American Jewish Films: The Search for Jewish Identity. By Lawrence J. Epstein. Jefferson, Texas: McFarland, 2013. 214 pp
The American Jewish Story Through Cinema. By Eric A. Goldman. Austin: University of Texas Press, 2013. 254 pp.
Just as the villain frequently provides more entertainment value for audiences than the good guy, problematic books often offer more grist for critical analysis than unassailable ones. Such a dichotomy separates the two studies of Jewish representation in American cinema on review here. To be fair, both the "villain," in this case Lawrence J. Epstein's American Jewish Films: The Search for Jewish Identity, and the "good guy," Eric A. Goldman's The American Jewish Story Through Cinema, had their work cut out for them. The authors faced two major challenges. First, how, without sounding like an echo chamber, to build on the definitive surveys of American Jewish filmic representation through the mid-1980s: Patricia Erens's The Jew in American Cinema (1984) and Lester Friedman's The Jewish Image in American Film (1987). Second, how to distinguish their efforts from a flurry of recent attempts to update Erens's and Friedman's classics, including two authored books: Nathan Abrams's The New Jew in Film: Exploring Jewishness and Judaism in Contemporary Cinema (2012) and Omer Bartov's The "Jew" in Cinema: From 'The Golem' to 'Don't Touch My Holocaust' (2005); and two anthologies: Lawrence Baron's The Modern Jewish Experience in World Cinema (2012) and Daniel Bernardi, Murray Pomerance, and Hava Tirosh-Samuelson's Hollywood's Chosen People: The Jewish Experience in American Cinema (2013). I myself shelved a like-themed project due to the mounting glut.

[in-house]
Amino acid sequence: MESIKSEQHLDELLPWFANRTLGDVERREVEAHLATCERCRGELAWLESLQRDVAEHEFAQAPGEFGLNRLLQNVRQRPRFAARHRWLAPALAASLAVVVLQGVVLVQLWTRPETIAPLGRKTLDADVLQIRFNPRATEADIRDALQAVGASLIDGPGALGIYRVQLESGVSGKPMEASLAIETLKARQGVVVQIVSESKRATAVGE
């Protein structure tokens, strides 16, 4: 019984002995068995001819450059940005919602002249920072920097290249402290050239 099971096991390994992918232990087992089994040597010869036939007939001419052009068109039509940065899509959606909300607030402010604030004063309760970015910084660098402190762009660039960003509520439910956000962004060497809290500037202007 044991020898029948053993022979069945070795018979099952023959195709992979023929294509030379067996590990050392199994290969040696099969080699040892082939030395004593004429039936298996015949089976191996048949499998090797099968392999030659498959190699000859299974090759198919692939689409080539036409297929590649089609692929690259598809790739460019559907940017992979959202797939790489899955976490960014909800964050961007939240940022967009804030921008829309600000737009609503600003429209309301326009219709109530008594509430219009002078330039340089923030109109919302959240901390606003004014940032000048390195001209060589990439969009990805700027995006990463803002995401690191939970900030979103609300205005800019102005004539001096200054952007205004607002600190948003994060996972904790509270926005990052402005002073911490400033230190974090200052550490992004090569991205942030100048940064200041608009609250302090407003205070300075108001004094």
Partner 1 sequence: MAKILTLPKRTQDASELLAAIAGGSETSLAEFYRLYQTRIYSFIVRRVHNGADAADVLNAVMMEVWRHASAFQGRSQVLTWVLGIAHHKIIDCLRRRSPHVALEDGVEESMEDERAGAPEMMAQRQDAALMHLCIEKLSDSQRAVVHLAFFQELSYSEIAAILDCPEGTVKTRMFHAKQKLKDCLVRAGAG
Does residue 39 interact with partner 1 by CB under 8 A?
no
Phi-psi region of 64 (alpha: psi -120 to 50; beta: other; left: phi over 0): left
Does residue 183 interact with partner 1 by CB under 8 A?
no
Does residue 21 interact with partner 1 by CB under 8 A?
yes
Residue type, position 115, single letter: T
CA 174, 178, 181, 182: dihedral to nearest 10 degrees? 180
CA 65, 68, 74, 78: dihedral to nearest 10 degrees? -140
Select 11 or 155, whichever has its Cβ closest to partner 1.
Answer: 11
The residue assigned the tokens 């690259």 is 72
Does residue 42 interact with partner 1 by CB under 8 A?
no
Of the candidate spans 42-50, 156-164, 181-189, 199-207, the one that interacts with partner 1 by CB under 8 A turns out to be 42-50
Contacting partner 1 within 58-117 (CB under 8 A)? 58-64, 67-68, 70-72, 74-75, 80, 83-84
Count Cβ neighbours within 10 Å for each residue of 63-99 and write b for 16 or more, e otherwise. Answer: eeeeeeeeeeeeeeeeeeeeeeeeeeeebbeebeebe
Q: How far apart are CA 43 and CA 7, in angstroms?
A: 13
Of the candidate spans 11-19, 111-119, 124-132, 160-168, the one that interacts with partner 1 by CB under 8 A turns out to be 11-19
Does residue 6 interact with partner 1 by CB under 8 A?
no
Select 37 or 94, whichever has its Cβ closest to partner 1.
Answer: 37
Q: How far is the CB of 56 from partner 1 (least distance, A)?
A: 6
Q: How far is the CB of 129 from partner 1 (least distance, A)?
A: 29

Both Epstein and Goldman overcame the first obstacle, Epstein via a thesis-driven tack (the subtitle's "search for Jewish identity") and Goldman via a case-study approach (nine films in all). Only Goldman, however, managed to add to the better of the post-Erens/Friedman contingent another book that enriches our understanding of Jewishness in American cinema. Goldman's work shines for several reasons. Beyond the technical command--solid writing and research, perceptive textual and formal analysis--the book deftly integrates historical context with production and reception studies (partly gleaned from personal interviews with the filmmakers) to sensitively chart the shifting sands and precarious shoals of Jewish cinematic identity. Epstein's effort falters by comparison with Goldman's (not to...